Tuesday, August 6, 2013

My Take on Marriage

What do I think of marriage?  It's great.  That is my opinion today.  What I think most days, is it's a lot of work.  My husband will say the same.  Thankfully, it's work we both enjoy.  We had both been around enough to know that going in. It's compromises, concessions, and work to share your life with someone. It's a choice, and a privilege that not everyone gets to enjoy.  I think it takes 2, maybe more, to make it work- only 1 to make it not work.  I won't say fail, because I think if people look back on a marriage that didn't last till "death do us part",  there are still a lot of good and fun memories, and maybe even kids- so, in my opinion that's hardly failing.  That's a choice as well that yields its own compromises, concessions and rewards.
     I like my husband as well as love him.  
We have a lot of similarities, and quite a bit 
of differences.  The big one, politics.  For those
that James Carville's and Mary Matalin's marriage
befuddles them- I can say that it does cause some 
debates, but we know we're never gonna change 
each other, (nor do we wish to) and for the most
part get why the other votes the way they do and
enjoy the enlightening each of us bring.  We've 
been together for nearly 16 years, and I can 
honestly say, he still makes me smile and usually
laugh almost every day.  Most the time it's even 
intentional.







     I know better, than to say "we will never  divorce."  I hold the belief of "never say never" unless you are prepared for fate to bite you in the bum.  Still, I am very sure of "us".  We both are dreamers and get that about each other, and support each other in it.  That's a BIG thing. It's not always easy trying for the dreams; but if not now, when?  We both are of the mindset that we didn't want ever think, "what if?"  Thankfully we both also understand what has to be done in the mean time; lots of work, lots of bills.  We communicate, and muddle through.  So far, so good.  Sharing your life with a dreamer, when you  are not one, I think would prove to be challenging and probably a lot of rolling your eyes.  On the opposite side of the boat, sharing your life with someone who is practical and entirely rational doesn't sound like much fun to me. So, as the saying goes, "to each his/her own."

                   

     I have seen many different types of marriage.  The Bodeans have a song entitled "The Strangest Kind."  I think it kinda encapsulates my thoughts, at least on my parents' marriage.  They were married for close to 38 years.  They were oil and water, on a lot of things.  At one point, I begged Mom to divorce Dad.  She would never hear of it.  I just didn't get their reasons for staying married.   A lot of yelling, and they knew how to get each other riled up, which it seemed to me they both relished in.  To be honest, I never really aimed to get married.  However, when I met my husband, things changed.  He was fun, funny, and the smartest man I ever met.  After all, he asked me to marry him.  Nevertheless I remember at my wedding, looking at my parents and thinking how glad I was they were still together.  After Mom died and I began to go through her things, I came across old letters from Dad when they were dating, along with cards they exchanged during their marriage.  It wasn't till then I realized how much they loved each other.  Yea, they yelled and argued, but I know now, that nothing went unsaid, nothing got bottled up, and for them, that worked.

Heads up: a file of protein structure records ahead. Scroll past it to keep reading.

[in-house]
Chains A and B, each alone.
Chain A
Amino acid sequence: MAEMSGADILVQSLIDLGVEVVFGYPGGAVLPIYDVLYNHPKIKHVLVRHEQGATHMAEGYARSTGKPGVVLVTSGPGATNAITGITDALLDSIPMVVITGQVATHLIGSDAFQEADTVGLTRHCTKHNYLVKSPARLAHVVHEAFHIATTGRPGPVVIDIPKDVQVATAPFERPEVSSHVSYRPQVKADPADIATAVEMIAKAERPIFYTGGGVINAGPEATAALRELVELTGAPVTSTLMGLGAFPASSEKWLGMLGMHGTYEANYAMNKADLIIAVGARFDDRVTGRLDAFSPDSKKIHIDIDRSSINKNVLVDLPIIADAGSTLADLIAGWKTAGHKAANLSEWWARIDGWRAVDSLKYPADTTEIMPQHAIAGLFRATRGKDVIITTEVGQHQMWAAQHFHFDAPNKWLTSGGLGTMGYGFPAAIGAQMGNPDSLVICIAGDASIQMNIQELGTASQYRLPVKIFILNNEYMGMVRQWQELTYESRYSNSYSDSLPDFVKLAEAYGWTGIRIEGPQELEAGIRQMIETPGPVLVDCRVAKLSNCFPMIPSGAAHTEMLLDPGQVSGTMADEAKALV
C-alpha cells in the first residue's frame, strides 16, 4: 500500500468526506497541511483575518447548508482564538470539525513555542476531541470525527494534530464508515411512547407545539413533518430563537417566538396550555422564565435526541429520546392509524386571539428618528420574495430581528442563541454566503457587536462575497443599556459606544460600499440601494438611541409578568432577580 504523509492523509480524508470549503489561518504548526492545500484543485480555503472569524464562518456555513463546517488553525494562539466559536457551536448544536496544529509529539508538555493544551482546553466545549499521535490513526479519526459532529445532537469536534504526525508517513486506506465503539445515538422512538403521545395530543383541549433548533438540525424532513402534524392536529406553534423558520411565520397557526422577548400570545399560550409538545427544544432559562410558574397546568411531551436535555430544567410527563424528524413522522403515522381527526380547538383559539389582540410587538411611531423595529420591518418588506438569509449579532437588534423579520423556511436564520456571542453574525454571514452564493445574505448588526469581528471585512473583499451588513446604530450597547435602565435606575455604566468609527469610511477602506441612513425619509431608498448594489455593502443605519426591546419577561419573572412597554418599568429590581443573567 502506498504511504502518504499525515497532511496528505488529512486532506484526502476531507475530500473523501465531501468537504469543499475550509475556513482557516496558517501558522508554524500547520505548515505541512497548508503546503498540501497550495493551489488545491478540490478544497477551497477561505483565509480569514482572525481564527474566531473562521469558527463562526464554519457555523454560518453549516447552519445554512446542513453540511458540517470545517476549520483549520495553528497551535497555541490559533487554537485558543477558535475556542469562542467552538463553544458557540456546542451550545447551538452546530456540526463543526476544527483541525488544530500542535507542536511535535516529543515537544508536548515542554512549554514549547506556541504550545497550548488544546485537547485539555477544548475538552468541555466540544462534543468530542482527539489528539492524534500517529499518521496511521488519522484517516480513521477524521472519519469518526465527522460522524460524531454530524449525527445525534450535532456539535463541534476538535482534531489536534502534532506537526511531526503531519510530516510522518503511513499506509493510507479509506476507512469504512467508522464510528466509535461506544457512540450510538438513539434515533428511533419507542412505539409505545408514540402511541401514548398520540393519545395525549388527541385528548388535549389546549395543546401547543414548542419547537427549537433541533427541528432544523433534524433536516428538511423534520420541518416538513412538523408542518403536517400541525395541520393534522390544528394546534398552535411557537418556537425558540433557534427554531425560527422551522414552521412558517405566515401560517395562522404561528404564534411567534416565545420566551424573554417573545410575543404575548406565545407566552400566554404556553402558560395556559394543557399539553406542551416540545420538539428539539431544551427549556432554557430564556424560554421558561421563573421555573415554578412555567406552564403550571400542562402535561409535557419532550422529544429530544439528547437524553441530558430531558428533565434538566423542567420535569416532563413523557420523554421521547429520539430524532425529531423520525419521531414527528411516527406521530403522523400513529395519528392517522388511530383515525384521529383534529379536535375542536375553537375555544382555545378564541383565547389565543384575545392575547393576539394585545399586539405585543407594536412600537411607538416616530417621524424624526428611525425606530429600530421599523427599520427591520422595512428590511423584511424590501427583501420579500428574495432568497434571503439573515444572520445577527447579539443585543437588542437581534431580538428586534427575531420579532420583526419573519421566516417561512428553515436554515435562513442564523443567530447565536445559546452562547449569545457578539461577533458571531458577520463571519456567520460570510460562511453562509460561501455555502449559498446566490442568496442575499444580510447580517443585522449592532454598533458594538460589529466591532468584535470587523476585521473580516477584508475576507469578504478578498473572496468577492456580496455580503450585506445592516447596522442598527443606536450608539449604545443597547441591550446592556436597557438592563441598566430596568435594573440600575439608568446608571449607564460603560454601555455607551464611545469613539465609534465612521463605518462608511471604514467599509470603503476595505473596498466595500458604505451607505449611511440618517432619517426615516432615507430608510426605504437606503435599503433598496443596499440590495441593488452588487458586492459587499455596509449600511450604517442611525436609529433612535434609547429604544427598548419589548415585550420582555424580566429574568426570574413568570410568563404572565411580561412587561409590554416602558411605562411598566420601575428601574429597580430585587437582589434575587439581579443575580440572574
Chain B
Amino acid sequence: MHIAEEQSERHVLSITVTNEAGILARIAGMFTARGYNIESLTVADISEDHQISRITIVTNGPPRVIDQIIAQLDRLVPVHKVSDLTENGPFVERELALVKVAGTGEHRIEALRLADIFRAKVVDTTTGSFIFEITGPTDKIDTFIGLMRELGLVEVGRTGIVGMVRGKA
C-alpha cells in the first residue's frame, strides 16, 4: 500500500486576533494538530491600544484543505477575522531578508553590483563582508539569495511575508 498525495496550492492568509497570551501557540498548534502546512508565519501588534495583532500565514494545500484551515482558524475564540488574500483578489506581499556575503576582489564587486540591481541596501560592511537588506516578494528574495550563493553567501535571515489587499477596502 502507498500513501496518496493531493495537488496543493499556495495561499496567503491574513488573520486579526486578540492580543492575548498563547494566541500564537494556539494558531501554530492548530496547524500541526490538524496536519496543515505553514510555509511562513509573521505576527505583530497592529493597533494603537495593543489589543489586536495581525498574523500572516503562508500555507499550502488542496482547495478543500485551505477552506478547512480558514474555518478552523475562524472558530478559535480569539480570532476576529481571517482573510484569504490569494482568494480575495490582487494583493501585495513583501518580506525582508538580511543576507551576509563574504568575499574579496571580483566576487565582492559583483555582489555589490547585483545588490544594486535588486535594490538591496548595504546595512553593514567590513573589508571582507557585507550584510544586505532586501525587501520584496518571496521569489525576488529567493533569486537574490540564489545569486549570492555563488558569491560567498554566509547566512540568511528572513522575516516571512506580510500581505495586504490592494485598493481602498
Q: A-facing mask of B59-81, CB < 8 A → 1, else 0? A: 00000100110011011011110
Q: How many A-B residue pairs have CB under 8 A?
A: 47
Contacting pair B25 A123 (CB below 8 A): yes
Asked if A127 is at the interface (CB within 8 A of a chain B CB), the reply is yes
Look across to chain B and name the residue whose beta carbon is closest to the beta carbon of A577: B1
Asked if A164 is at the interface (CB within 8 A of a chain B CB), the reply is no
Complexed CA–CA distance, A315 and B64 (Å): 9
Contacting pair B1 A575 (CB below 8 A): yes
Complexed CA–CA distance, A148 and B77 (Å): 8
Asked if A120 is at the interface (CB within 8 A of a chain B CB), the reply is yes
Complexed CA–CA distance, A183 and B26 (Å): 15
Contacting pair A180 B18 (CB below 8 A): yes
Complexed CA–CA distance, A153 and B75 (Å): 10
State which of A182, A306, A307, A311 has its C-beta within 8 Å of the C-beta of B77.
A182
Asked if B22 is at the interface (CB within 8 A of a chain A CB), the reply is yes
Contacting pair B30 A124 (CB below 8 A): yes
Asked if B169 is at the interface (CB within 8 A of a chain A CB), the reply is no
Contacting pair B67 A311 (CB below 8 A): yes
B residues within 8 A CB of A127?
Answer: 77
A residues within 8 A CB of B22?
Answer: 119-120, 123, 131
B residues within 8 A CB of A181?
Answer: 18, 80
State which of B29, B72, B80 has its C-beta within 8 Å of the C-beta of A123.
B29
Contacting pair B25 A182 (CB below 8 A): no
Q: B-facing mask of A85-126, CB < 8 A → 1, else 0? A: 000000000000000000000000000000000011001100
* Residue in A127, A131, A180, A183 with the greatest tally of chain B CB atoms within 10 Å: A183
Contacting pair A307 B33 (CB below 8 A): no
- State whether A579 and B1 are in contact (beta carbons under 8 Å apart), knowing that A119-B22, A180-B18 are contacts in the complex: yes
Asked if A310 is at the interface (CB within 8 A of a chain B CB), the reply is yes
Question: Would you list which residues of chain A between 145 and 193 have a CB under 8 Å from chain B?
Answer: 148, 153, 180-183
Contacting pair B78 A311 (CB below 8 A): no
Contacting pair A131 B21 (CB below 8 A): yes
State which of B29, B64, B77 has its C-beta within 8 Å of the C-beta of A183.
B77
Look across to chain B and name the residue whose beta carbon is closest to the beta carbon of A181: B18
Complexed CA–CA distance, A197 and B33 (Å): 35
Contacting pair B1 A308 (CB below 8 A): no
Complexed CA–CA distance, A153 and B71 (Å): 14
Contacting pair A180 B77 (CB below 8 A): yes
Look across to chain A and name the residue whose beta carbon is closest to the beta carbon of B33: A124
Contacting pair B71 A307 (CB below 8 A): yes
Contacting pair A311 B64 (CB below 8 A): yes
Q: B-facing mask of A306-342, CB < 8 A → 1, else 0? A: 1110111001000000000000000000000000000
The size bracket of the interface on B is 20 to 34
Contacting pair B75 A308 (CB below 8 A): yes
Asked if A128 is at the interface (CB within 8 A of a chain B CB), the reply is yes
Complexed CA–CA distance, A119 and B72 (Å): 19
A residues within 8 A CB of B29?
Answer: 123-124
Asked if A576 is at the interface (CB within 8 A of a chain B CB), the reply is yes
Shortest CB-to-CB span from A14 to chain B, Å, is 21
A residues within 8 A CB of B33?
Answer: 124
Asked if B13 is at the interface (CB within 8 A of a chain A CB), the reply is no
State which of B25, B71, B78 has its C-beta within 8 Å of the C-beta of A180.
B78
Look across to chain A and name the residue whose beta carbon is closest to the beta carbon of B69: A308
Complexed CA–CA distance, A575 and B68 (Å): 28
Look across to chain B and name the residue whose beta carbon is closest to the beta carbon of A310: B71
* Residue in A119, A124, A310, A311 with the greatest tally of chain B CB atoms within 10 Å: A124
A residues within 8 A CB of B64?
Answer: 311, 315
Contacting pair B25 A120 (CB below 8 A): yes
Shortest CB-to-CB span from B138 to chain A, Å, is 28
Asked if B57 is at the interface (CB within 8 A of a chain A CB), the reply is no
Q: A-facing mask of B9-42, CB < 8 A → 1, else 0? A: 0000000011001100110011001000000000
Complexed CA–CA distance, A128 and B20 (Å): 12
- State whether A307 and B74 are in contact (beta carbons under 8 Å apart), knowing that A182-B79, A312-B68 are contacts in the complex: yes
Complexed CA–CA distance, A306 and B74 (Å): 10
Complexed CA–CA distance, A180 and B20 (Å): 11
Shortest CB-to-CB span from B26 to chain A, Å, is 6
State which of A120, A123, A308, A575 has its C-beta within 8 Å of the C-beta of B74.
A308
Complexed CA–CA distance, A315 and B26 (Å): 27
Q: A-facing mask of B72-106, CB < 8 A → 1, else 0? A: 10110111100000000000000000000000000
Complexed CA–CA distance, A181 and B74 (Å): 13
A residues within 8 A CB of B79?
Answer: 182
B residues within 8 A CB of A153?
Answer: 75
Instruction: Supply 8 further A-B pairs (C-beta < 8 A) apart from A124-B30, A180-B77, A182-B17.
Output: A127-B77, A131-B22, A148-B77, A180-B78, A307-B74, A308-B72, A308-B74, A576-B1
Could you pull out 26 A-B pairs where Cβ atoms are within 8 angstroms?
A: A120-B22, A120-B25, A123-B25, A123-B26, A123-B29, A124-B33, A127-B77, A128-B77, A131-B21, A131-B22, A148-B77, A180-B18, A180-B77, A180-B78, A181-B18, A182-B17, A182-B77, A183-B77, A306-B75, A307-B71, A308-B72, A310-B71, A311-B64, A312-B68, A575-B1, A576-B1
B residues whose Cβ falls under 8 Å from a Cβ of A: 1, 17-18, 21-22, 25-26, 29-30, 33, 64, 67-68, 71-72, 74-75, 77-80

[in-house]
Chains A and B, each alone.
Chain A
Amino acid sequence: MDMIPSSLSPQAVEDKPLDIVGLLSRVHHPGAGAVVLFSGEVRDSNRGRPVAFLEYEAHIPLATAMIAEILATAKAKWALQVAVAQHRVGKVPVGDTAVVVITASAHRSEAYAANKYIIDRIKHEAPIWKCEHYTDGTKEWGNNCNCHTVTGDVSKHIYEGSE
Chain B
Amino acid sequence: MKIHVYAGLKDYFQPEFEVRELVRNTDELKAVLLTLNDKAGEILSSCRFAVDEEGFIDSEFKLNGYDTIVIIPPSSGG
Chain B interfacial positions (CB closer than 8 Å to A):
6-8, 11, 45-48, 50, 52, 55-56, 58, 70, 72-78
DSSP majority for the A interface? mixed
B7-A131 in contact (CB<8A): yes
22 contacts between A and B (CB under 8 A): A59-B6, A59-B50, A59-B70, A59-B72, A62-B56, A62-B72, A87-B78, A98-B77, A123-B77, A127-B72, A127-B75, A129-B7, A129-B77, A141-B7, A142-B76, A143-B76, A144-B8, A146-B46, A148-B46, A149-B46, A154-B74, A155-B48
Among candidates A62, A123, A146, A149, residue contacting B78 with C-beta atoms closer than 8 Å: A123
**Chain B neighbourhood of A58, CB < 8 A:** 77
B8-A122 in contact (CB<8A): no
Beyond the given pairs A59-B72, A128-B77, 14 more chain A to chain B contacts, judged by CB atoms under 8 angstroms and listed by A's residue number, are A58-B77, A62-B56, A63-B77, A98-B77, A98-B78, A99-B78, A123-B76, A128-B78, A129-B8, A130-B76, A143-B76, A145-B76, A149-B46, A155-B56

As for the option of divorce, I am naive, but I view that as a choice as well.  Other than extreme cases of abuse, where it is a necessity,  as I said before, one that will yield its own consequences and concessions.  As far as we know, we only live once, and I believe that everyone needs to work to be happy.  I have several friends that have gone through divorce for about as many different reasons, as friends have for remaining married.  "For the kids" is a reason I have heard for both; staying married and getting divorced.  Frankly, I think your kids will blame you for messing up their lives either way.  Hopefully though, they'll also thank you for a few things along the way.  After all, just as our parents, for the most part, we do the best we can.

      My daughters are young, so hopefully it will be several years before they entertain the idea of marriage; although there are days they tell me their latest prospects.  Hopefully, when the time comes, I will be able to impart much more motherly wisdom.  For now, I would share this tip, that I figured out several years ago.
     Focus on what you need in a partner for life, rather than what you want.  When we're young, we all hope to marry the prince, or the maiden.  We get a little older and we cling to these hopes and add a touch of spice to the ideal for excitement.  Then after kissing a few frogs so to speak, we figure out a few things.  Money comes and goes; youthful good looks fade, or require a heck of a lot of maintenance, and that spice, well that sometimes leads to, good stories to tell our friends, after the clean up.  You figure out that a good sense of humor and fun goes a lot further than, well it goes a long way.  It's great for the "better", and helps you get through the "worse".
      In the words of the prophet James William Buffett, here's hoping you find your way to "live happily ever after, every now and then."
       


If you liked this, you'll probably get a kick out of Marriage: Take 2.